I woke up the other day and realized that I’m almost thirty years old. In that moment, I needed to do a quick self assessment. How far have I progressed in my life? Am I happy? Am I fulfilled? Have I accomplished all that I expected to by this age? I instantly looked around me and begin to compare myself to my peers. Do they have a high powered careers? Are they married? Do they have kids?
If we are honest, many of us can agree that we go through these series of questions several times in our adult lives. We can also agree that all comparison is not bad. Comparison can push us toward becoming better people. It can encourage us to do things we never thought possible and motivate us to accomplish tasks that we previously avoided.
However, at some point, comparison can take an unhealthy turn.
We can easily become obsessed with what our counterparts are doing. We start to measure our worth based on the lives of others. We lose focus on our purpose and begin seeking the approval of our friends, co-workers, and family members instead of God.
Our perspective shifts and instead of trying to please the One, we start trying to become the one: the one person that everyone is envious of because we are so successful, beautiful, and we have it altogether.
“Am I now trying to win the approval of human beings, or of God? Or am I trying to please people? If I were still trying to please people, I would not be a servant of Christ.” Galatians 1:10
It’s easy to fall into the routine of looking at others for approval in an effort to determine our own levels of success. Between Facebook, Instagram, Snapchat, Twitter, and the interconnected world we live in, it is incredibly difficult not to let comparison consume us.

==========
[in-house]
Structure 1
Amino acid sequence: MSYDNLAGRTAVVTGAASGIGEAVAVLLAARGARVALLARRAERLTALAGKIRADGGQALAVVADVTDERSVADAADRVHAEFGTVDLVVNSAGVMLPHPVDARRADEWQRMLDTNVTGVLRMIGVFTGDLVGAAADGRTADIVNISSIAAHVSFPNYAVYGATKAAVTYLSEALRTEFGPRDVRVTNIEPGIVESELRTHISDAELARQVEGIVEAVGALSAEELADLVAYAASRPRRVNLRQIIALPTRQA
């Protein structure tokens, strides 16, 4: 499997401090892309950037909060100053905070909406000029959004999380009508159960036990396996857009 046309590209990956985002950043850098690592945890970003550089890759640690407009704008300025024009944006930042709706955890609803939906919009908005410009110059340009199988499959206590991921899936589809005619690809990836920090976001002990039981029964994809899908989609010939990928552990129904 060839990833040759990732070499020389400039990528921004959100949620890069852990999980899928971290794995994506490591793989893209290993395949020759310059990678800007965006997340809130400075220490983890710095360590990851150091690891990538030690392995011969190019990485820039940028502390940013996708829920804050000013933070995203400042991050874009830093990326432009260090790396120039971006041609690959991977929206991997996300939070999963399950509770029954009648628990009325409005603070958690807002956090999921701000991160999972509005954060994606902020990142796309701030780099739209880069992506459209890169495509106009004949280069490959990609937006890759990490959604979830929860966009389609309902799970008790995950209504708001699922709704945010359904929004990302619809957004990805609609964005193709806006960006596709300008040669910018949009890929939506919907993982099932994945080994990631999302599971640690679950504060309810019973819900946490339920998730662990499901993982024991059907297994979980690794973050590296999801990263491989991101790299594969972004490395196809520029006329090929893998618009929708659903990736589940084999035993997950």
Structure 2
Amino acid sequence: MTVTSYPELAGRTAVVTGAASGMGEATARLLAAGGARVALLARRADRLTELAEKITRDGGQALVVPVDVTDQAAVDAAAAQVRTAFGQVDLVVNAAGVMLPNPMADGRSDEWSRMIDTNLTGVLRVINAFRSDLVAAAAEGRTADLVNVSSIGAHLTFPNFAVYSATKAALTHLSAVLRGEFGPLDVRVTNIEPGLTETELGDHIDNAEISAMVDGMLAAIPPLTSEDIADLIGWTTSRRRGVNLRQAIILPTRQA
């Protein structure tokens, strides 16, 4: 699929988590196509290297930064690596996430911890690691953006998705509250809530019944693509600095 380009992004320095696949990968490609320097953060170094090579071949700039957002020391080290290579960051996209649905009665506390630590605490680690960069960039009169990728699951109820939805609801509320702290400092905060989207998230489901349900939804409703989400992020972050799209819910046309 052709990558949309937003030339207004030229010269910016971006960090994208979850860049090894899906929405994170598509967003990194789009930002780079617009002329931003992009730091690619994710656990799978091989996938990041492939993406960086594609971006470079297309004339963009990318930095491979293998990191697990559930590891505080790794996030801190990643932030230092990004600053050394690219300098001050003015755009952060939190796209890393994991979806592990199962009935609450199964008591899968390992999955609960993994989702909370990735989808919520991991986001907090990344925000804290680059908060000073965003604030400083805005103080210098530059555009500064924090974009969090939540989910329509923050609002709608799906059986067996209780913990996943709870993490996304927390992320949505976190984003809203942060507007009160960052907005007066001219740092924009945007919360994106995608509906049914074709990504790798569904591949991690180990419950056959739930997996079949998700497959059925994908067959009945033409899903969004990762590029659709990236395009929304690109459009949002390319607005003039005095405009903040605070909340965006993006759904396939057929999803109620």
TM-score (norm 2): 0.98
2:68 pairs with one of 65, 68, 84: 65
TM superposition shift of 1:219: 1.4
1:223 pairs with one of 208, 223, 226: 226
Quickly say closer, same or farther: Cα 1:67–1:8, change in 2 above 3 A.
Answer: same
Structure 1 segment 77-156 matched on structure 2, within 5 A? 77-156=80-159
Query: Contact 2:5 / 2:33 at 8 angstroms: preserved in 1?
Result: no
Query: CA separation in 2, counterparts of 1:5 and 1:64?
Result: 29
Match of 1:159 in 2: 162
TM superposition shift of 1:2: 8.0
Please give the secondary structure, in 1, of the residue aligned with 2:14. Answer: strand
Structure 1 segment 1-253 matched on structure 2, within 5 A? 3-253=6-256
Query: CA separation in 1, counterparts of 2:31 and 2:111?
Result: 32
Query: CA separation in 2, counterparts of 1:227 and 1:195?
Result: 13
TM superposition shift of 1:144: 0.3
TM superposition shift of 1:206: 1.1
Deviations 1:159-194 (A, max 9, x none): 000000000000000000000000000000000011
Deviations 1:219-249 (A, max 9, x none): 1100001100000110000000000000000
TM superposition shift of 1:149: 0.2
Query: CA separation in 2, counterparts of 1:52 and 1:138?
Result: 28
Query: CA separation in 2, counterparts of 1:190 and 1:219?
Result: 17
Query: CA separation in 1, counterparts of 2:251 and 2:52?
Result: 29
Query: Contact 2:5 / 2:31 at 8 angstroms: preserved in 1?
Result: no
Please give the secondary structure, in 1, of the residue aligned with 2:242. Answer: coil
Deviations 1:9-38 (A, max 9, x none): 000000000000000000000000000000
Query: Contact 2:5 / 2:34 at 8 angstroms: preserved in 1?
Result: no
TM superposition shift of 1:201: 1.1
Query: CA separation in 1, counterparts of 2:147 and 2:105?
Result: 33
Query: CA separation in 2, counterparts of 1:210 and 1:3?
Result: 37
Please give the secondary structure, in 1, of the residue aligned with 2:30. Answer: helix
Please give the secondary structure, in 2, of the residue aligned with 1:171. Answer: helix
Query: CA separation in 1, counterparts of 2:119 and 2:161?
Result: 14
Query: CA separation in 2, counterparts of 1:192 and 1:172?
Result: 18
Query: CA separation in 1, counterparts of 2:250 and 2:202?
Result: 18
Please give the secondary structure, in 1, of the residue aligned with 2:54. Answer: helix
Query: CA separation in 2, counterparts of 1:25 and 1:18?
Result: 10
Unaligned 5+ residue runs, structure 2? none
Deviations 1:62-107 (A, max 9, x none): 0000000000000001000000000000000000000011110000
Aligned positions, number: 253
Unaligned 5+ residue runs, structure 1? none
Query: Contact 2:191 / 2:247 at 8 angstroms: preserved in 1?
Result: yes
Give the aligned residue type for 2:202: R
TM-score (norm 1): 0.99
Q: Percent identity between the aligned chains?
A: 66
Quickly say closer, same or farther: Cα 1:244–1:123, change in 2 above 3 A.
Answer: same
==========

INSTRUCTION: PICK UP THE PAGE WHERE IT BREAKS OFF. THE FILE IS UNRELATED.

Here are a few tips I’ve learned for avoiding the comparison trap and maintaining a healthy perspective:
Limit your time on social media. Not only can it be a time waster, but it may also cause you unnecessary stress and anxiety. Give yourself a time limit and invest that extra time elsewhere.
Learn to be content. Consistent contentment is definitely a struggle for most of us. However, mastering this concept is a game changer. When you start to feel yourself comparing, make the conscious decision to appreciate who you are and where you are in life. It may help to spend time writing out some of the things you are grateful for or how you have grown over the past year.
Be grateful. It is so easy to become so overwhelmed with how much you need or what you want that you forget how blessed you already are. How often have you stressed out about not having the perfect relationship, your dream job, or the perfect house? Look for opportunities to be thankful for the roof over your head, a job that pays the bills, and the opportunity to love others.
Learn to rejoice with others. It used to be painful for me when someone in my life got something that I wanted. I had a very difficult time being excited for them because I could only think about myself and what I felt I needed. But, over time, I’ve learned to practice being joyful for others and now I can celebrate their triumphs with them.
Water your own grass. The old saying goes, “the grass is always greener on the other side.” The truth is, it just appears that way because of our perspective. Shift your perspective and be appreciative of your own lawn. Maybe everything you really need is right there in front of you, just waiting to be cultivated.
Change definitely does not happen overnight. However, real steps can be taken daily to ensure that we are on our way to living a life that pleases God, encourages others, and eliminates our need to compare.
photo by Shena Tschofen